A new study on distance teaching and learning in Minnesota during the coronavirus pandemic suggests that there may be valuable lessons to learn that can help narrow achievement gaps between student groups.

The Minneapolis Foundation report includes research-based insights for educators, families and policymakers that could lead to new approaches on instruction and learning — with a focus on what works for lower-income kids and children of color. And the study wisely outlines practical ideas for parents to use to strengthen family engagement while schools are closed due to the pandemic.

“The pandemic has disrupted ‘normal’ for every school in America, and the move to remote learning is posing huge challenges for everyone,” Minneapolis Foundation President and CEO R.T. Rybak said in a news release. “Yet it’s also true that a ‘return to normal’ is not what we’re aiming for — not if that means that you can still predict a child’s education and life outcomes by knowing their race and ZIP code.”

The new study, along with one released last fall, builds upon the “Reimagine Minnesota” work that has been led since 2016 by school superintendents and the Association of Metropolitan School Districts. That effort included input from students, parents, cultural representatives, business leaders and other community members to gather ideas about closing the state’s well-documented achievement gap between white students and some students of color.

Both studies were commissioned by the foundation and produced by a team of researchers at the University of Minnesota’s College of Education and Human Development.

Researchers recommend, for example, that educators use the blended educational context (home and school) to: allow students and families to share their ideas, better understand the types of information that are valued in their communities, and develop lessons that are more meaningful and relevant. Educators can encourage students and families to do offline activities together, then share those experiences online.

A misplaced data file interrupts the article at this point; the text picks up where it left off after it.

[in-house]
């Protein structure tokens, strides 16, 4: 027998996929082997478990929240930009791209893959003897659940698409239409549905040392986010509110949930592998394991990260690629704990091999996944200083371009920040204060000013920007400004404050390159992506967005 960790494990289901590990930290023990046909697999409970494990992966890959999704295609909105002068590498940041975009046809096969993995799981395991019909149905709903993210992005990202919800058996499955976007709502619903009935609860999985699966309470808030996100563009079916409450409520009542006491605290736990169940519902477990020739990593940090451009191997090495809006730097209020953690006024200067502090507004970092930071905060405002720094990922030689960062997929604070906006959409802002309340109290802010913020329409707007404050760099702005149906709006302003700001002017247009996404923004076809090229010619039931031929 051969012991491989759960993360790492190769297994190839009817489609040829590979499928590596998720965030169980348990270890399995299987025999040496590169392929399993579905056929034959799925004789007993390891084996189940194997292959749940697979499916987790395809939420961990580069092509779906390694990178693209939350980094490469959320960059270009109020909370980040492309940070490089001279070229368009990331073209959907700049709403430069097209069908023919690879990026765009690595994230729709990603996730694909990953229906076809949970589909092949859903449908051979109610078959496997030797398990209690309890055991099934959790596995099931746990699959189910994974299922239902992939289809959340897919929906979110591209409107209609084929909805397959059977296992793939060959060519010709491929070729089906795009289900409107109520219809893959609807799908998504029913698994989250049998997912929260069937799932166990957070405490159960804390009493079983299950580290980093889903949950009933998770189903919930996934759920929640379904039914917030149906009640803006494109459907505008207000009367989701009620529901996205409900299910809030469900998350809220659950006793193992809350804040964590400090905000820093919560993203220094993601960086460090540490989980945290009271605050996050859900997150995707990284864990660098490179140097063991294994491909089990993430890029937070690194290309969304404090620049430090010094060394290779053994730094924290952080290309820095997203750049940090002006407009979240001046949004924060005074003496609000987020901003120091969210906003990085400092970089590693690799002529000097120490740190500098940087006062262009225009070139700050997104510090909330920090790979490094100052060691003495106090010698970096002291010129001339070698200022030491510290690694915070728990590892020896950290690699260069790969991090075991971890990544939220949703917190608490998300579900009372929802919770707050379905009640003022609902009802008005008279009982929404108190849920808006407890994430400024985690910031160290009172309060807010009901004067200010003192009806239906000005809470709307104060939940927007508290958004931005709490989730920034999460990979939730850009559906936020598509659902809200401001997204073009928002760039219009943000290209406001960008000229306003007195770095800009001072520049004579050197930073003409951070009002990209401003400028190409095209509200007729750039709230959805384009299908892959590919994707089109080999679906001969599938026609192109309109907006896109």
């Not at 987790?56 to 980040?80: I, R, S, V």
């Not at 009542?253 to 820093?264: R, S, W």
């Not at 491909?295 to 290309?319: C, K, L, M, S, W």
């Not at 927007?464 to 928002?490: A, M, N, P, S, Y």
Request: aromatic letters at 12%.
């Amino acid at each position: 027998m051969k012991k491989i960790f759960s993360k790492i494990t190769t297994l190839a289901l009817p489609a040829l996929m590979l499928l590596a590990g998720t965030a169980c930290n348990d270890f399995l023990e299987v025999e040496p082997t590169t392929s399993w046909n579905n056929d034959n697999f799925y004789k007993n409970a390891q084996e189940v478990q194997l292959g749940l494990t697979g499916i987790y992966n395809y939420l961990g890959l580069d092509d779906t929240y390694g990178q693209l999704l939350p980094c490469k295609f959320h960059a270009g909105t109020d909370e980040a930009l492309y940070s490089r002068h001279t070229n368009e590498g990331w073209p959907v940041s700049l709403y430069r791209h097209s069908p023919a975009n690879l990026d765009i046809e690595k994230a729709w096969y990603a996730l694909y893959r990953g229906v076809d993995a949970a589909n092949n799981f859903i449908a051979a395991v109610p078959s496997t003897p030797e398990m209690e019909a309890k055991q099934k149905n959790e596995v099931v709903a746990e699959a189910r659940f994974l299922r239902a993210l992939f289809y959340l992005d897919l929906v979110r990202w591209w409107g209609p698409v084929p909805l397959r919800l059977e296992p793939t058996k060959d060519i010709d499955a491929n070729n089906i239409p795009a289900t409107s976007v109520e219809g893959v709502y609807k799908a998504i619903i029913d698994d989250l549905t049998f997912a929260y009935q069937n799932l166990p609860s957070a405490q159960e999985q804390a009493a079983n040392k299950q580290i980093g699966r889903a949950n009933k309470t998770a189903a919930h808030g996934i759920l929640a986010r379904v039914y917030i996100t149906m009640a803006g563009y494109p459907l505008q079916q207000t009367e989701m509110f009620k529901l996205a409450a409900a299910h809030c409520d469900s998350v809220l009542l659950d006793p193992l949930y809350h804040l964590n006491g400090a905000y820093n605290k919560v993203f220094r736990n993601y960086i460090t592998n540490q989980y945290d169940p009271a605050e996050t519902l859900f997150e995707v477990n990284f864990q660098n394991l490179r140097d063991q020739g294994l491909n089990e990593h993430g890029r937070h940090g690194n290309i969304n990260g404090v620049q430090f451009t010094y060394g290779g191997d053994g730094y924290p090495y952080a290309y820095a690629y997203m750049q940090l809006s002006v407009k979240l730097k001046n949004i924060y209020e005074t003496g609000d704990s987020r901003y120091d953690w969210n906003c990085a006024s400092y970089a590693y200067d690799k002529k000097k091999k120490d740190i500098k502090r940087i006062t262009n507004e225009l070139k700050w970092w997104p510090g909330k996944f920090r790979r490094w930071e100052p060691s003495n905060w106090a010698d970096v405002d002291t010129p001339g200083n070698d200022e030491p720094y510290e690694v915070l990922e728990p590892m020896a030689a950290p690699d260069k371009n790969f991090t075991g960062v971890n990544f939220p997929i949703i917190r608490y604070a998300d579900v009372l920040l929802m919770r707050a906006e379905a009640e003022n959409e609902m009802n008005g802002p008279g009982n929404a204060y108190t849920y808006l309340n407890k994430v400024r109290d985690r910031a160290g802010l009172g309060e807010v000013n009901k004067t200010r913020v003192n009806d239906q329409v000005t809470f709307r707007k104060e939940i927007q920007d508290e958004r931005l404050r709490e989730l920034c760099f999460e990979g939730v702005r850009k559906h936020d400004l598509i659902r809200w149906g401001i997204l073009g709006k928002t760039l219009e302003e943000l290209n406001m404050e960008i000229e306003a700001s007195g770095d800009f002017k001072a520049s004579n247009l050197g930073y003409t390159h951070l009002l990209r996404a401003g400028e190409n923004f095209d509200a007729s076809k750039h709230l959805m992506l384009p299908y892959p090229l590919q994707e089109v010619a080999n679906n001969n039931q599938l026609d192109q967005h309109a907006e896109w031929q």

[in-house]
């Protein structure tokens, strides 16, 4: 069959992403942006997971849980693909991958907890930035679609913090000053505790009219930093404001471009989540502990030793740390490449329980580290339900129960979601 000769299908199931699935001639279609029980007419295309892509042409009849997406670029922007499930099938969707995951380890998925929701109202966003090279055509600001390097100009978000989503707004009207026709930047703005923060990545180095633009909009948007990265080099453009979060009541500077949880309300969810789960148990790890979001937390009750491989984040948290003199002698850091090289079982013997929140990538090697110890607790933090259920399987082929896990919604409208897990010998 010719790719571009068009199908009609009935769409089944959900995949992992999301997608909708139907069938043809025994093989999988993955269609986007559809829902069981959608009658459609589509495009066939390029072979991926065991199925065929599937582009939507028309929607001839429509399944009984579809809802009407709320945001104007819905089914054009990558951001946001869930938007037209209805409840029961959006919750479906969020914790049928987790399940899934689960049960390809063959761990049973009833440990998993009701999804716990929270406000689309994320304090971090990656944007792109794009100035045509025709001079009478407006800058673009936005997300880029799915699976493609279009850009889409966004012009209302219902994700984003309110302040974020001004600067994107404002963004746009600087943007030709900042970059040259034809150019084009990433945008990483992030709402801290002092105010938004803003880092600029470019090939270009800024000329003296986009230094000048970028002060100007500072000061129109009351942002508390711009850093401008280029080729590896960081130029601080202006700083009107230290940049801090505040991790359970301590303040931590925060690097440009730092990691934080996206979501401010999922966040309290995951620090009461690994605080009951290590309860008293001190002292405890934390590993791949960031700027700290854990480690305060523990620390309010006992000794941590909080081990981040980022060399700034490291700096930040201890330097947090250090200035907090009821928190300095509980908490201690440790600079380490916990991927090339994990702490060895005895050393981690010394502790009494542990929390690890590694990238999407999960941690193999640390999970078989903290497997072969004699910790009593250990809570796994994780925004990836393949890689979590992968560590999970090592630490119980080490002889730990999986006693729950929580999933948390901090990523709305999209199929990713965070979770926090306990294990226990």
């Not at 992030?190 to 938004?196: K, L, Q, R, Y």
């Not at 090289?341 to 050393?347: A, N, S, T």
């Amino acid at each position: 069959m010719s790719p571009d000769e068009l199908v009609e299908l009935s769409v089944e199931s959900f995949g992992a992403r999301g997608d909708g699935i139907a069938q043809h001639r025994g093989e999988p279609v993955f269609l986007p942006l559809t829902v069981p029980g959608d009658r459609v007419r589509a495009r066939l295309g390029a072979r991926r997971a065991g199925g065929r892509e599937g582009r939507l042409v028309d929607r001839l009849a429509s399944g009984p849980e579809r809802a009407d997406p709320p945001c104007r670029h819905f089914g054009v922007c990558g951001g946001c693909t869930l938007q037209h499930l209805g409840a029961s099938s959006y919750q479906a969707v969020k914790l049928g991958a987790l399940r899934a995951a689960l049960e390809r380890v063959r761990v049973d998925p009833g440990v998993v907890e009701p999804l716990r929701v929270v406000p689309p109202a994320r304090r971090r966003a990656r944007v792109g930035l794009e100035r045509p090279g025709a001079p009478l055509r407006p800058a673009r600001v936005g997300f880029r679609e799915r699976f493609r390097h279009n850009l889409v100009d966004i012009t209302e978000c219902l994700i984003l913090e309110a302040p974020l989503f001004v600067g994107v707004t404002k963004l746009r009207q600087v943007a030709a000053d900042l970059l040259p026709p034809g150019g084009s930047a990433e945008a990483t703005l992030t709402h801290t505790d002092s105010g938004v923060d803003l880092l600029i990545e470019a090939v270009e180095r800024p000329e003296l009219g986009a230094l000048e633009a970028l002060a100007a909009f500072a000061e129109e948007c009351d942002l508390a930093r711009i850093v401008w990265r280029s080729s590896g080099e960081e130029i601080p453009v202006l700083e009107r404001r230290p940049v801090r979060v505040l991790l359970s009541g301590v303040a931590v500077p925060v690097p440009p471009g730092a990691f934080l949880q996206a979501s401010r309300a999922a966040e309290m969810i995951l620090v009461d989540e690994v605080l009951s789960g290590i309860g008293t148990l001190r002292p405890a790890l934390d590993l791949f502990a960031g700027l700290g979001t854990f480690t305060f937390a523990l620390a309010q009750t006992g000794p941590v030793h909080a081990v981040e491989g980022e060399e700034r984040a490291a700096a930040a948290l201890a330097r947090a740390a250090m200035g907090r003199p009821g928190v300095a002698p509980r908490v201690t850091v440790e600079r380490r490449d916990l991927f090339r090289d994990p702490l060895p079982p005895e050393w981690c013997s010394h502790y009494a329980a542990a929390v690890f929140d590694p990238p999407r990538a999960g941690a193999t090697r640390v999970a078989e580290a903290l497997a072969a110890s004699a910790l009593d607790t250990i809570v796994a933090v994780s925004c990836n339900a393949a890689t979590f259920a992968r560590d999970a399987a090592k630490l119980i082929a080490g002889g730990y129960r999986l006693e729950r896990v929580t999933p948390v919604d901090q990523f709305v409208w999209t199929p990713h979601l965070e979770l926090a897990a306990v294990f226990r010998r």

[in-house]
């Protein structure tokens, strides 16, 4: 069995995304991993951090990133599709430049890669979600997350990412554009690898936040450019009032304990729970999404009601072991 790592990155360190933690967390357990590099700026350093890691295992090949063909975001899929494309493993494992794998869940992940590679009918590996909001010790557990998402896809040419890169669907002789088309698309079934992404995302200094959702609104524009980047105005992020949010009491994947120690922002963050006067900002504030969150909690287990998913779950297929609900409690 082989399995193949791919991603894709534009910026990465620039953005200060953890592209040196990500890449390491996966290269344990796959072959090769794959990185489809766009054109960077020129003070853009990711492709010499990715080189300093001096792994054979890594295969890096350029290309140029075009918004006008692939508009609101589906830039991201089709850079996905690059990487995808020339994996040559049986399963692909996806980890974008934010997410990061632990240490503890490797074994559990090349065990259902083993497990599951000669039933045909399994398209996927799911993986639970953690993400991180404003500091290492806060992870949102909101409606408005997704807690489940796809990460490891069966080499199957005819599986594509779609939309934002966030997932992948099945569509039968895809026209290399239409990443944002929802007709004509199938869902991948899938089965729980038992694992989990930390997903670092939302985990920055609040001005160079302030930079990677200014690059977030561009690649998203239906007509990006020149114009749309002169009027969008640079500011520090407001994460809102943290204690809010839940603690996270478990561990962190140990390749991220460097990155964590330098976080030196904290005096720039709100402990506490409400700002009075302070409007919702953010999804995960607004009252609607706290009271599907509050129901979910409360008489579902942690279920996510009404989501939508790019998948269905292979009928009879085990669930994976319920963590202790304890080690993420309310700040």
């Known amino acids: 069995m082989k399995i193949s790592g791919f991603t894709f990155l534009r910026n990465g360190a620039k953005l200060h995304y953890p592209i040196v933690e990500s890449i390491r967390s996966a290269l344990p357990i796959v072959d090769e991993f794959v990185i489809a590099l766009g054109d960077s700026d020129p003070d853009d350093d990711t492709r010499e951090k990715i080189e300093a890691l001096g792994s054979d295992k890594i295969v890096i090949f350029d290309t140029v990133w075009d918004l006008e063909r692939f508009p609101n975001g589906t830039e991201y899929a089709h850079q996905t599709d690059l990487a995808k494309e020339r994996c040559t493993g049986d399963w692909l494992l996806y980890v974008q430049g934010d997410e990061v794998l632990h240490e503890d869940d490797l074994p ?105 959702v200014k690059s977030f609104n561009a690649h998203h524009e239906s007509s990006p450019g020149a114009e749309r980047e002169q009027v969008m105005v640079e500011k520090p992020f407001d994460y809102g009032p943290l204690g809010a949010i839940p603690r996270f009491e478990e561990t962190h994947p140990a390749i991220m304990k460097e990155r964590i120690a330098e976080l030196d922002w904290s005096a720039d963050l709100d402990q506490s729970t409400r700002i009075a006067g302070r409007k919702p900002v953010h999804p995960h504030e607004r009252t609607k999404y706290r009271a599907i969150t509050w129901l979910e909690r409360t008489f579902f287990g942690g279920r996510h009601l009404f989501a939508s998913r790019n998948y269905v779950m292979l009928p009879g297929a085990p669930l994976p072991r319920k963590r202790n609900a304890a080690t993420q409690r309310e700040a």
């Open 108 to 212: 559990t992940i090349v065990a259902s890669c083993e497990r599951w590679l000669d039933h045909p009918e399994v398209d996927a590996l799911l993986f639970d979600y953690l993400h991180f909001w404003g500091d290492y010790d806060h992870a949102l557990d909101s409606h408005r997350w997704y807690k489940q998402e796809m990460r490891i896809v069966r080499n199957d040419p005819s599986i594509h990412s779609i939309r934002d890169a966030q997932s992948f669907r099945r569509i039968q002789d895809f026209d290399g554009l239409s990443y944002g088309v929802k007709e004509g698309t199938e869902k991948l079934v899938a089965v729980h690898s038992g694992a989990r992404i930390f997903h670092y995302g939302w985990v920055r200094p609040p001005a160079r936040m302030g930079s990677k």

That, in turn, can improve student engagement and achievement.

Distance learning may also reveal ways to better tailor learning to individual students. Some do well with more structured learning, but others may thrive online when they can take short breaks throughout the day. U researchers encourage using this experience to reevaluate whether all students are best suited to be learning in the same place at the same time.

It’s important to find more effective ways to reach and teach students. Minnesota has some of the nation’s largest education achievement gaps, with disparities across race and income and in both urban and rural areas of the state. In fact, a 2019 Minneapolis Federal Reserve report called the problem a crisis, and its leaders have recommend that the state constitution be amended to make quality education a fundamental right for all students.

Globally, the World Economic Forum is considering ways the pandemic could change the delivery of basic education in the future. The organization says education system worldwide are being pushed to innovate.

It’s unclear how long Minnesota schools will be shut down, and some states are preparing their schools for phased reopenings in which students might do a mix of classroom education and online learning at home.

The Minneapolis Foundation report rightly highlights that the challenges of distance learning also present opportunities. That holds potential to narrow Minnesota’s learning disparities with a “new normal” of more equitable educational outcomes.